There seems to be some movement in the House toward passing the Senate health care reform bill so that something can be signed into law, and I think if the Dems in the House had any clue what’s good for them, they’ll do that. And the sooner they do it, the better for their re-election campaigns this year.
Matt Yglesias says that it’s too late for House congress critters to say they aren’t really for that crazy liberal health care reform thing, because they already voted for it once.
And of course if health care dies, the instant CW becomes that health care was too left-wing. That America hates those lefty left-wingers who voted for it. Lefty left-wingers just like Representative X. If you pass the bill, you can try to make the case for it. If you donâ€™t pass the bill, youâ€™ve made your opponentâ€™s case for you. Which might not be so bad except you already voted for the bill. Once you vote for something, youâ€™ve got to try to pass it.
If the wimps are so afraid Republicans will be mean to them, the worse thing they can do is let hcr die. Because then the Republicans will take it up, put a big FAIL sign on it, and hang it around Dems’ necks.
As for the Senate — Josh Marshall got an email from a Senate staffer that read in part —
The worst is that I can’t help but feel like the main emotion people in the caucus are feeling is relief at this turn of events. Now they have a ready excuse for not getting anything done. While I always thought we had the better ideas but the weaker messaging, it feels like somewhere along the line Members internalized a belief that we actually have weaker ideas. They’re afraid to actually implement them and face the judgement of the voters. That’s the scariest dynamic and what makes me think this will all come crashing down around us in November.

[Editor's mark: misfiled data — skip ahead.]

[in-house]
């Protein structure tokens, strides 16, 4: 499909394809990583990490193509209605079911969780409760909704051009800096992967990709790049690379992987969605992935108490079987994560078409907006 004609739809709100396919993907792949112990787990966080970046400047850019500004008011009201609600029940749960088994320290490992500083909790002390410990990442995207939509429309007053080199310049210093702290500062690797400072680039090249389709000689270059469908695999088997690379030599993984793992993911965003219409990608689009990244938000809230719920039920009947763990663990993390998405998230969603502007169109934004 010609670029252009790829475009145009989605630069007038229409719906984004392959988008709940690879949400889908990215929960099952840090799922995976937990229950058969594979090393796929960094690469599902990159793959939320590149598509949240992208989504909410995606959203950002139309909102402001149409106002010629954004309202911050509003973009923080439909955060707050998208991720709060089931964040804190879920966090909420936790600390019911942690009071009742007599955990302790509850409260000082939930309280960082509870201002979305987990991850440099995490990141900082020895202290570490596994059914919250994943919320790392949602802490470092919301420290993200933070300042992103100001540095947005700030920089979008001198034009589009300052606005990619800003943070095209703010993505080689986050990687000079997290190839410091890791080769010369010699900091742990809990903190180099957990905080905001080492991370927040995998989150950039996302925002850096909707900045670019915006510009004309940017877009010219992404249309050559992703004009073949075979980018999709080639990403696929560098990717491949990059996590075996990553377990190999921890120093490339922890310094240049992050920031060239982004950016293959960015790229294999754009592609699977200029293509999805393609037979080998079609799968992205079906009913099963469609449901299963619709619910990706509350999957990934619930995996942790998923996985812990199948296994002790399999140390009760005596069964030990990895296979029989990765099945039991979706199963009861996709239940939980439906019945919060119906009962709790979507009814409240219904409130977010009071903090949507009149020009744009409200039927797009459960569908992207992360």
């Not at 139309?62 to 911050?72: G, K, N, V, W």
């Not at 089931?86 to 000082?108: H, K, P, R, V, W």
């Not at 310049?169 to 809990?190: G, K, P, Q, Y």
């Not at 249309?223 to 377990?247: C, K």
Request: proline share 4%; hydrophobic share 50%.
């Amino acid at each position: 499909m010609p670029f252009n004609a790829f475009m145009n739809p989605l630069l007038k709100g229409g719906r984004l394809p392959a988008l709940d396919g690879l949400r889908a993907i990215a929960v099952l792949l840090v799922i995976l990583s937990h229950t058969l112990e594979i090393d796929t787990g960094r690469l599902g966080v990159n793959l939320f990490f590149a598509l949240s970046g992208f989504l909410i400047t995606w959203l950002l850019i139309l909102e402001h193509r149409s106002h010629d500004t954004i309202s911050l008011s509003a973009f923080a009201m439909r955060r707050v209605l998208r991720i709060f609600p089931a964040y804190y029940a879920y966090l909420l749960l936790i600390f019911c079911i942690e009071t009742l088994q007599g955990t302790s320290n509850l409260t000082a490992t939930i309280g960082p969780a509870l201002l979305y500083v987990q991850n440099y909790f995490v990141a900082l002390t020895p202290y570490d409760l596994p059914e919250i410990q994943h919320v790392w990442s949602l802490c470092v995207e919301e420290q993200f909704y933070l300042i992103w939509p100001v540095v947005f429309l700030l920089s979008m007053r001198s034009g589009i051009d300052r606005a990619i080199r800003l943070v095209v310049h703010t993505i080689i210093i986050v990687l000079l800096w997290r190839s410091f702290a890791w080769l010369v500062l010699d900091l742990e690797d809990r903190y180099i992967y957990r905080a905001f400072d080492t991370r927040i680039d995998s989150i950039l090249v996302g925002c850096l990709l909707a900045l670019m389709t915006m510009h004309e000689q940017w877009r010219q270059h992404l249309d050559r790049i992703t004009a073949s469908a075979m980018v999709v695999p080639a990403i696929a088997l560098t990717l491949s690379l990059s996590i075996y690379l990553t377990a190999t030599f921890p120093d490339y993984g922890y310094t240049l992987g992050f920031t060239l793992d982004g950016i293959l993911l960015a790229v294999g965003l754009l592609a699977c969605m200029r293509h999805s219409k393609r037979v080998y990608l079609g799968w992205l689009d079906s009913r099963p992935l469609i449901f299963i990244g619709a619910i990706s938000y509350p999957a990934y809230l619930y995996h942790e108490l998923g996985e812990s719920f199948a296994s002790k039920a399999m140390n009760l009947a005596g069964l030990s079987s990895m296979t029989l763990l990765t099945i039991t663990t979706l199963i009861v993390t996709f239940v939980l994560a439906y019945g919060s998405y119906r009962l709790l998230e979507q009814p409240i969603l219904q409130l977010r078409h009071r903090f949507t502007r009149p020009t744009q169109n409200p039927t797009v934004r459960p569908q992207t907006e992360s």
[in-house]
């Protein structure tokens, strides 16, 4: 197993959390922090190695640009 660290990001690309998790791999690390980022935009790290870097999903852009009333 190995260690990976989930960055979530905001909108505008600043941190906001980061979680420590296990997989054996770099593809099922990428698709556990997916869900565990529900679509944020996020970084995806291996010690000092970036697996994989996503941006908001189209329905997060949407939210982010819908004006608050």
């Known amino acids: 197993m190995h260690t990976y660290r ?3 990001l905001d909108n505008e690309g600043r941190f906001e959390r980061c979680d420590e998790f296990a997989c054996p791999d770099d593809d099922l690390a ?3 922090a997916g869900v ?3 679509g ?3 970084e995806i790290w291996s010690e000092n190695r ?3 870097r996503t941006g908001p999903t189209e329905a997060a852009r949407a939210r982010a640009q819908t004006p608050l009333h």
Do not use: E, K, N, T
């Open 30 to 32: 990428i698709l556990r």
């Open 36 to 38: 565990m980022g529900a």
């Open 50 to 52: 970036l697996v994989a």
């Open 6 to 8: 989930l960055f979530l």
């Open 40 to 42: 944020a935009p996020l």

All the more reason not to call upon the Senate to come up with yet another bill. Let the House pass the Senate bill and let it be signed into law, and go on to economic stimulus and job creation. Now.
Ezra Klein says the Dems’ best option is for the House to pass the Senate bill and then “run their fixes through the reconciliation process.” He also makes an alternative suggestion
Medicare buy-in between 50 and 65. Medicaid expands up to 200 percent of poverty with the federal government funding the whole of the expansion. Revenue comes from a surtax on the wealthy.
And that’s it. No cost controls. No delivery-system reforms. Nothing that makes the bill long or complex or unfamiliar. Medicare buy-in had more than 51 votes as recently as a month ago. The Medicaid change is simply a larger version of what’s already passed both chambers. This bill would be shorter than a Danielle Steel novel. It could take effect before the 2012 election.
If health-care reform that preserves the private market is too complex and requires too many dirty deals with the existing industries, then cut both out. But get it done. Democrats have a couple of different options for passing health-care reform this year. But not passing health-care reform should not be seen as one of them.
President Obama is talking about “a stripped-down measure with bipartisan support,” which tells me he learned nothing from the stimulus package episode last spring. He’s had a year in office now, and while he’s made some moves in the right direction, overall he’s been underwhelming. If he doesn’t make some adjustments pretty soon he may not get a second term. See also Paul Krugman.